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Making Hot Tamales

Directions and step-by-step photos below. To view a how-to video check out our youtube channel and watch “Making Appalachian-Style Hot Tamales”.

Ingredients:

Makes 36-40 tamales. The recipe can be halved.

Breading: Mix together with a pastry cutter in a big bowl

12 cups meal (5 lb bag self-rising meal)

1 tsp salt

2 cups Crisco (shortening)

Bring to a boil:

2 3/4 cups tomato juice (I use salt-free)

2 cups water

Pour the liquid into the meal mixture, mixing thoroughly and let set 30 minutes. The meal mixture will need to be fairly moist to be able to shape it. If the meal seems too dry or if it dries out as you’re working, sprinkle water over it to keep it moist. Keeping your hands moist helps as well. However, you do not want it to be soupy.

 

Meat Mixture: Mix in another large bowl

Hot:                                                   Mild:

2 lb ground beef                             2 lb ground beef

(chuck or round)                           (chuck or round)

1 lb sausage – hot                           1 lb sausage – mild

1/2 cup Crisco                                1/2 cup Crisco

1/2 cup chili powder                   1/4 cup chili powder

1 tbsp cumin

3 tsp +/- hot pepper flakes

(or more to taste)

 

 

Set up: From right to left – the ground beef, sausage and spices (this batch was hot). Large crockery bowl – meal, Crisco and a little chili powder (optional). Pot of tomato juice and water. A flat cookie sheet for wrapping the tamales, a cake pan with warm water, soaking the tamale papers, with the strings precut. A baking sheet for the finished tamales. (I keep the cookie sheet on a towel because invariably I dribble water everywhere!)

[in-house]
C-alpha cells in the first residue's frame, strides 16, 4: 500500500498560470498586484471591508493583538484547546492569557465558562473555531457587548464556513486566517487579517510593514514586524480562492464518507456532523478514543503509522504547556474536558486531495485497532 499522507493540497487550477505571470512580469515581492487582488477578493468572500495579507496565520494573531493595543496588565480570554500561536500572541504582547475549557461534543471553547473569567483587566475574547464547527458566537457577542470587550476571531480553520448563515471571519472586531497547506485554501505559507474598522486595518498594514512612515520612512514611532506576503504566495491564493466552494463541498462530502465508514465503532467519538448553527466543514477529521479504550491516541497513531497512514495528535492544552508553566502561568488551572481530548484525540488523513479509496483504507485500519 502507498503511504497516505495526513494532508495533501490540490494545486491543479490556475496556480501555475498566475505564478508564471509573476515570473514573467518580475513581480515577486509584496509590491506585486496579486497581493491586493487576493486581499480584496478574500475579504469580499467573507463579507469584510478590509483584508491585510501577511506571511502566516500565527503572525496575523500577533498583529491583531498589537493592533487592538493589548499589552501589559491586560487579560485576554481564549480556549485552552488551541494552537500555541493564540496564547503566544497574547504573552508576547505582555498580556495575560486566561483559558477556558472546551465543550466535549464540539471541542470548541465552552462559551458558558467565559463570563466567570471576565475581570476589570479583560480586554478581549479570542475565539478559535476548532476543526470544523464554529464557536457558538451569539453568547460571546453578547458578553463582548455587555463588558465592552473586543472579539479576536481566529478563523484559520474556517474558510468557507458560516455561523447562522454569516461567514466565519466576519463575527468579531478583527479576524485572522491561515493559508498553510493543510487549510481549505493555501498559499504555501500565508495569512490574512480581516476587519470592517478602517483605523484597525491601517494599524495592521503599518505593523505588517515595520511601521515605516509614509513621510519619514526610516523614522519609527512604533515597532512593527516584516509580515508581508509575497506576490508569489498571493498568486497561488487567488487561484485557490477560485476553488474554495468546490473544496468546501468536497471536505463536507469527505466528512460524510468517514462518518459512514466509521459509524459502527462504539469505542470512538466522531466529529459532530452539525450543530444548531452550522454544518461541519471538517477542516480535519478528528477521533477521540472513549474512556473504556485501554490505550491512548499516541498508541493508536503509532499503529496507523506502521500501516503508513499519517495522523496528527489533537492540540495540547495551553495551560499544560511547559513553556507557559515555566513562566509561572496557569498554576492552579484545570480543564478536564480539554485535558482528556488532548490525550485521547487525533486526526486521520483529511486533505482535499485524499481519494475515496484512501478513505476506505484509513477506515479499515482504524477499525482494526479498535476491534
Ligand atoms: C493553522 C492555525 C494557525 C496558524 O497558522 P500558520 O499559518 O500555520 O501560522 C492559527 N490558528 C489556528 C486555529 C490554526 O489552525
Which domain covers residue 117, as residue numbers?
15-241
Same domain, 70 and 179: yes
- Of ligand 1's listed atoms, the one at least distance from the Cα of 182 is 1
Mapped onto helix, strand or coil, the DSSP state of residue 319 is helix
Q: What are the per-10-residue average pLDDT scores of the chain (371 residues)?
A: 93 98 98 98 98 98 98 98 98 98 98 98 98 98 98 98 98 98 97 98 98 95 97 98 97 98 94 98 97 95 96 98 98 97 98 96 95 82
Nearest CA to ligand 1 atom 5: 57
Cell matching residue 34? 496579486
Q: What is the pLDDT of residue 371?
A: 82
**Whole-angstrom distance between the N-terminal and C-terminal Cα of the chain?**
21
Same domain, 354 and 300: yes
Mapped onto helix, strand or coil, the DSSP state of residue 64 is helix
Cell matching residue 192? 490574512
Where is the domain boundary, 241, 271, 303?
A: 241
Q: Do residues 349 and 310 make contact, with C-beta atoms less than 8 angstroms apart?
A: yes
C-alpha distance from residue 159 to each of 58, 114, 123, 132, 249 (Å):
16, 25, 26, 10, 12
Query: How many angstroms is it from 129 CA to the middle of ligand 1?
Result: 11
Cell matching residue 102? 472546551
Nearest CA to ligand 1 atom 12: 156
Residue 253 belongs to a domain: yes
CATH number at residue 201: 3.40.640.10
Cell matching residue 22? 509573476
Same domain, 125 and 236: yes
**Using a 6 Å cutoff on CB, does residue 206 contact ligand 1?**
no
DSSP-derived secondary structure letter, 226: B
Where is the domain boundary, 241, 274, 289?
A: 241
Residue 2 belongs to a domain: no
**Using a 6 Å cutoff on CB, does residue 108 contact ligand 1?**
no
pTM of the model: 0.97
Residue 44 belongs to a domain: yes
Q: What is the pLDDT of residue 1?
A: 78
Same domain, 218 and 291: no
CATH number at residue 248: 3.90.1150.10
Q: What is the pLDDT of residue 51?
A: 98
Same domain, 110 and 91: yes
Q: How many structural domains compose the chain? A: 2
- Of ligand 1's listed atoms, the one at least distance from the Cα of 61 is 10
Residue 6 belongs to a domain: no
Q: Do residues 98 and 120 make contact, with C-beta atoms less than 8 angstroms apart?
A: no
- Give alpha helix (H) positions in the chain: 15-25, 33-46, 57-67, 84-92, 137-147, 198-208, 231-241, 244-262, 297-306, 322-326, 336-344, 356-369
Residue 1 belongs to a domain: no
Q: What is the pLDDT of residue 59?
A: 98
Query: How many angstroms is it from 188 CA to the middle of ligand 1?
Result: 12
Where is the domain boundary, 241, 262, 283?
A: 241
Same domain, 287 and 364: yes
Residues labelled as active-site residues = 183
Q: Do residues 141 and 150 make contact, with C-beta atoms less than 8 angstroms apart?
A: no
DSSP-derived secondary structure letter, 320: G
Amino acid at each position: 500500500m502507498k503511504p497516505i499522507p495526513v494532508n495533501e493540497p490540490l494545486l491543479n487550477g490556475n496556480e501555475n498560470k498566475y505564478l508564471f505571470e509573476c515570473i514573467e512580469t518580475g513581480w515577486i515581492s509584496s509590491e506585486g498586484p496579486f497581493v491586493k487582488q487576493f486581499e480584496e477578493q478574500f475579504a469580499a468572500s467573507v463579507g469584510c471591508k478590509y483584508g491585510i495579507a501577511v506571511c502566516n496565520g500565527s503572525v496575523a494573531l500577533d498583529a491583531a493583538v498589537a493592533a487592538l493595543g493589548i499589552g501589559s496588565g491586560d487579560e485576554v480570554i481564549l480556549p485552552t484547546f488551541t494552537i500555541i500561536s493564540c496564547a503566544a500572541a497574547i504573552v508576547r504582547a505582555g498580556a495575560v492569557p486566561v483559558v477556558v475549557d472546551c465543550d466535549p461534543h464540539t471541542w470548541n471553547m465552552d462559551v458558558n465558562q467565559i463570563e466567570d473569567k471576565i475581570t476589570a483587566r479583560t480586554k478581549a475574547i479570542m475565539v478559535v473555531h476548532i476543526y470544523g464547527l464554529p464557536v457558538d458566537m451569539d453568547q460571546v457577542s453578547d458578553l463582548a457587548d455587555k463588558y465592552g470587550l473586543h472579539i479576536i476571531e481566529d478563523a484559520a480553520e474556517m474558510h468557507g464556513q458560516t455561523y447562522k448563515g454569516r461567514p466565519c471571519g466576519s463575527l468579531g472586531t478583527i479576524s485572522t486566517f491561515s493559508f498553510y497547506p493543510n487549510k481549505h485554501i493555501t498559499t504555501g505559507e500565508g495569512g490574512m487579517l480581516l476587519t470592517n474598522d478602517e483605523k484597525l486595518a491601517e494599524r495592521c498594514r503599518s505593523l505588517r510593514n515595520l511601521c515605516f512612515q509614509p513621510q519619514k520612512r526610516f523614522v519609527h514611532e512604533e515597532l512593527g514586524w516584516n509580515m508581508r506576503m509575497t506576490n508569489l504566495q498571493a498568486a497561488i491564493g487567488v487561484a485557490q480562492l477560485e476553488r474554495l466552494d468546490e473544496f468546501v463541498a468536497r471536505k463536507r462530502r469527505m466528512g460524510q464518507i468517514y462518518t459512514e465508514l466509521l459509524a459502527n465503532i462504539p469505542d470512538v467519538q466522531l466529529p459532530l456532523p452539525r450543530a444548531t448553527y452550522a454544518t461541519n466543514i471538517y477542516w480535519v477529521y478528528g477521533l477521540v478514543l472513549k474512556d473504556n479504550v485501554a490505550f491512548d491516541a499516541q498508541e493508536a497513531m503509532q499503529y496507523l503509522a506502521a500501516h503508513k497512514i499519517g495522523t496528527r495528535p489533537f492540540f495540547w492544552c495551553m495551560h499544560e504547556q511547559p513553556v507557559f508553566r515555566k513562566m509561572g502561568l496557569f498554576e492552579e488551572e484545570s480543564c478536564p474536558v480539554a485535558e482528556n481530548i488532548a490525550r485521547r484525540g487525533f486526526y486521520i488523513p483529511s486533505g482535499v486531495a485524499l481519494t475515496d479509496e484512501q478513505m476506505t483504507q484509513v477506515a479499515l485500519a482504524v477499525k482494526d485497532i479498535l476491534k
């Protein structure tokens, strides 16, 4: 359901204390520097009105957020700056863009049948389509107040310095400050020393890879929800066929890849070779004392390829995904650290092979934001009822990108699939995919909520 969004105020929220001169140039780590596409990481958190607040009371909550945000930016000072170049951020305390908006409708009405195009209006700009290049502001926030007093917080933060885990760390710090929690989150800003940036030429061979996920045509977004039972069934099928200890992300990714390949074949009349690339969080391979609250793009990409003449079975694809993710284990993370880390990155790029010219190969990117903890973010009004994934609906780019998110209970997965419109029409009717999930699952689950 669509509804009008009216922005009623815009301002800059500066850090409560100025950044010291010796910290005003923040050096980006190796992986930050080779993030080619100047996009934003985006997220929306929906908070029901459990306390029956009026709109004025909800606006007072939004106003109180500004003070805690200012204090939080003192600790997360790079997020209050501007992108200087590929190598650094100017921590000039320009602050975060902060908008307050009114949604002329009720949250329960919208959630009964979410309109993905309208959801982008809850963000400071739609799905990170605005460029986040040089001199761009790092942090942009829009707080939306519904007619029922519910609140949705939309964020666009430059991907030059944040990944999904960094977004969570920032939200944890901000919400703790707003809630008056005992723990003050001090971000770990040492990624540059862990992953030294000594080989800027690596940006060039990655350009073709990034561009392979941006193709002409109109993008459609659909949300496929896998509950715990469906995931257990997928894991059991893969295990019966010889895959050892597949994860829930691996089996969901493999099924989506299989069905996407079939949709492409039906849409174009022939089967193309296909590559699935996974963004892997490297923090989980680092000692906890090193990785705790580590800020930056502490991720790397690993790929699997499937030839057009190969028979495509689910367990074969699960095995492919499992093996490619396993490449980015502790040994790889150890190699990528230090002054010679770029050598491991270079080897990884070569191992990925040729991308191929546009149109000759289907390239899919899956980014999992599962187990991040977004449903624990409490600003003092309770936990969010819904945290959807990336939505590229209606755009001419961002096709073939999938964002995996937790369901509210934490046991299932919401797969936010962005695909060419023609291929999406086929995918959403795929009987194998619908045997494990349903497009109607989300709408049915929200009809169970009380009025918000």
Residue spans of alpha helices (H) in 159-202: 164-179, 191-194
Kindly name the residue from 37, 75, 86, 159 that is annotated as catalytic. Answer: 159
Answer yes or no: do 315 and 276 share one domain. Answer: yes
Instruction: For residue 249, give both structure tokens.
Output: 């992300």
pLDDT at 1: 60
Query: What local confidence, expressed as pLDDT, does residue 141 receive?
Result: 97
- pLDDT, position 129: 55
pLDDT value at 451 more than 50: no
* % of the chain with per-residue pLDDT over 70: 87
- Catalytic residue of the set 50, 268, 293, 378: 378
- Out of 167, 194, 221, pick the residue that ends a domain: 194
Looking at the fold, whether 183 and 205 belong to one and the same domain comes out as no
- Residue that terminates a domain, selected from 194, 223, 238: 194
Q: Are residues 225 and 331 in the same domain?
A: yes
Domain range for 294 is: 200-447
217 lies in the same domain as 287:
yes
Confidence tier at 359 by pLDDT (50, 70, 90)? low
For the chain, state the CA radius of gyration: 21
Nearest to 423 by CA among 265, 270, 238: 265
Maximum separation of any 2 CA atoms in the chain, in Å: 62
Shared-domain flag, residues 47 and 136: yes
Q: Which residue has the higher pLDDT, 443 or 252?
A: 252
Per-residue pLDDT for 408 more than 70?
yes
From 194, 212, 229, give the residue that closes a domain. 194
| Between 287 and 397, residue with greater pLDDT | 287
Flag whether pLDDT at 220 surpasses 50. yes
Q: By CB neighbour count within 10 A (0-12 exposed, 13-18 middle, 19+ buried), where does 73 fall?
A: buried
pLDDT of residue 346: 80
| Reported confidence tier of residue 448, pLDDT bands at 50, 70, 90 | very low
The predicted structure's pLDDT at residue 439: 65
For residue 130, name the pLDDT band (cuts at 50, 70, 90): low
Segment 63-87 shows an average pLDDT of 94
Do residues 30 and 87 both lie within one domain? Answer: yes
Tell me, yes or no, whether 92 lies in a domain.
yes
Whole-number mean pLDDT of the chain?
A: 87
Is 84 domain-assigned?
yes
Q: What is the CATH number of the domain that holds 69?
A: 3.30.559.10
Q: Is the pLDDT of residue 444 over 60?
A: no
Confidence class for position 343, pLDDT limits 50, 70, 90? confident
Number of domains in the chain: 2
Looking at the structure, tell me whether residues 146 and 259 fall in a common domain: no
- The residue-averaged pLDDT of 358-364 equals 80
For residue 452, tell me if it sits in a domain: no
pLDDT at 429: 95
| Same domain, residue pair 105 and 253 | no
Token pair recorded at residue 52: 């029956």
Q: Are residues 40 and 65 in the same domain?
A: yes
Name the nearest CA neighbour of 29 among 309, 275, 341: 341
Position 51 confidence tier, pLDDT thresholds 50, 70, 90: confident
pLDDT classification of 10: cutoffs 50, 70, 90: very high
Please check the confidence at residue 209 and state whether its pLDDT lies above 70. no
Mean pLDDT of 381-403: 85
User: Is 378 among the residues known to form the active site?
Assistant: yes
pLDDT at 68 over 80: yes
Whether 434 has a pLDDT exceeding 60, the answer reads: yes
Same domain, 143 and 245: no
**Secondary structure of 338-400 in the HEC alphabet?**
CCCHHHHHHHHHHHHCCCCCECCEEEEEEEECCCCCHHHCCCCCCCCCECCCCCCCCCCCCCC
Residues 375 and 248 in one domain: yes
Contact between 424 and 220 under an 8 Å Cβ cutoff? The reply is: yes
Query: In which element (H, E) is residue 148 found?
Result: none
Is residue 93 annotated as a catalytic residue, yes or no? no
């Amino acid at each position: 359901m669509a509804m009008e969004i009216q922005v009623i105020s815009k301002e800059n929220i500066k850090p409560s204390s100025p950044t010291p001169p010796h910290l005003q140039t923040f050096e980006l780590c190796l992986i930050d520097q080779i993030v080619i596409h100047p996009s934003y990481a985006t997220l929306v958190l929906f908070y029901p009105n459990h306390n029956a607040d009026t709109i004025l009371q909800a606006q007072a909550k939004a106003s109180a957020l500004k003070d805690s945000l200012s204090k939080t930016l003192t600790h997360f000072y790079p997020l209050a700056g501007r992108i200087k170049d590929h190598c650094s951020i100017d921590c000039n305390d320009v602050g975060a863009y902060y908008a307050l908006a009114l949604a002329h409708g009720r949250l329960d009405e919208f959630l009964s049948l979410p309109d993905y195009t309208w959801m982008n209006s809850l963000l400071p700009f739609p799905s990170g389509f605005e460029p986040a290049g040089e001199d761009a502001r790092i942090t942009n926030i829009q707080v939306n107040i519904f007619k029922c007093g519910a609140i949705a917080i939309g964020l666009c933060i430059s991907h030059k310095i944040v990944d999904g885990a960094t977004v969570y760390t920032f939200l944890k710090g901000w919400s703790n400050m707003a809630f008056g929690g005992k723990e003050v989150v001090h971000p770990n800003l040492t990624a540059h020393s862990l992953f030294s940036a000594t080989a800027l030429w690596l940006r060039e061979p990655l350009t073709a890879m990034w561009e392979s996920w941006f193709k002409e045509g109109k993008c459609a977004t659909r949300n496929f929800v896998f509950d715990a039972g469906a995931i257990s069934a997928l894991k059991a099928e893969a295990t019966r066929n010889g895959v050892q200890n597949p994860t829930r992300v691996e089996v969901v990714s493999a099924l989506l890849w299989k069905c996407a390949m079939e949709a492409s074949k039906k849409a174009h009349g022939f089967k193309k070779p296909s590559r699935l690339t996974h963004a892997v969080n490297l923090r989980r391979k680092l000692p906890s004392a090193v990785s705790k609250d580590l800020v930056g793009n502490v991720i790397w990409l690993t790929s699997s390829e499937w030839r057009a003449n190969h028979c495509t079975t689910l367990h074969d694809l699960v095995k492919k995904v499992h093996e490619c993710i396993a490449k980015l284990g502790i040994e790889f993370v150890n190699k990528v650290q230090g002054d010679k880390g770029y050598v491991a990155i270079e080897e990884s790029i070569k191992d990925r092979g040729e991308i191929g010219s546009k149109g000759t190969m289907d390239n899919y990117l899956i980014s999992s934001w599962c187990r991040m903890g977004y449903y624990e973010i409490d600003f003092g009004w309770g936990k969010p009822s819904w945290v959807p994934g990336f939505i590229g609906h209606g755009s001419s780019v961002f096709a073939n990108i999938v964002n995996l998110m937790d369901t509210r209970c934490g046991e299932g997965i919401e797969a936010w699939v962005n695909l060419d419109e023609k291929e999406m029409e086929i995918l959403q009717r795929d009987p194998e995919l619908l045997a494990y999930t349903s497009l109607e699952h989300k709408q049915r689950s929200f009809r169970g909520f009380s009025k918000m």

Note: I use tamale papers (available at some grocery stores as well as online) because they are cheaper than corn shucks, easier to use, and easier for the customer to prepare the tamale at home.

1 Setup

Put the tamale papers in a pan with warm water (I use a 12×18 cake pan). Cut pieces of cotton string about 8’-9” long.

Take a “golf ball” size ball of meal mixture and make into an oval “bowl” shape in your hand, pressing it out as thin as possible, while still holding it all together.

6 Tamale meal bowl

Take about a “walnut” size ball of meat and shape it oblong to fit into the bowl of meal. Work the meal around the meat until it is equally covered. (Pinch off excess meal so as not to make the breading too thick. Also, keeping your hands damp helps to shape the ball.)

7 Tamale meat and meal

Take a tamale paper out of the water, and working diagonally on a flat cookie sheet, begin to roll the tamale up in the paper, folding the edges in as you go, then tie.

10 Tamale wrap 1 12 Tamale tie

Tamales ready to boil.

14 Tamales ready to cook

Boil tamales 45 minutes from the time that the water comes to a full boil.

15 Boiling tamales

Tamales all finished! Let them cool and then freeze.

16 Tamales finished

 

 

 

 

 

 

 

 

 

 

 

Tie a string around the middle.

 

 

 

 

 

 

 

 

 

 

 

Note: the tamales will expand somewhat when they are boiled due to the self-rising meal. So, don’t worry about making them too small. Practice makes perfect!

 

 

 

 

 

 

 

 

 

 

 

 

 

 

 

 

 

Take about a “walnut” size ball of meat and shape it oblong to fit into the bowl of meal. Work the meal around the meat until it is equally covered. (Pinch off excess meal so as not to make the breading too thick. Also, keeping your hands damp helps to shape the ball.)

 

 

 

 

 

 

Meal and Crisco        Meal mixed        Meal and meat mixed

with tomato

juice

 

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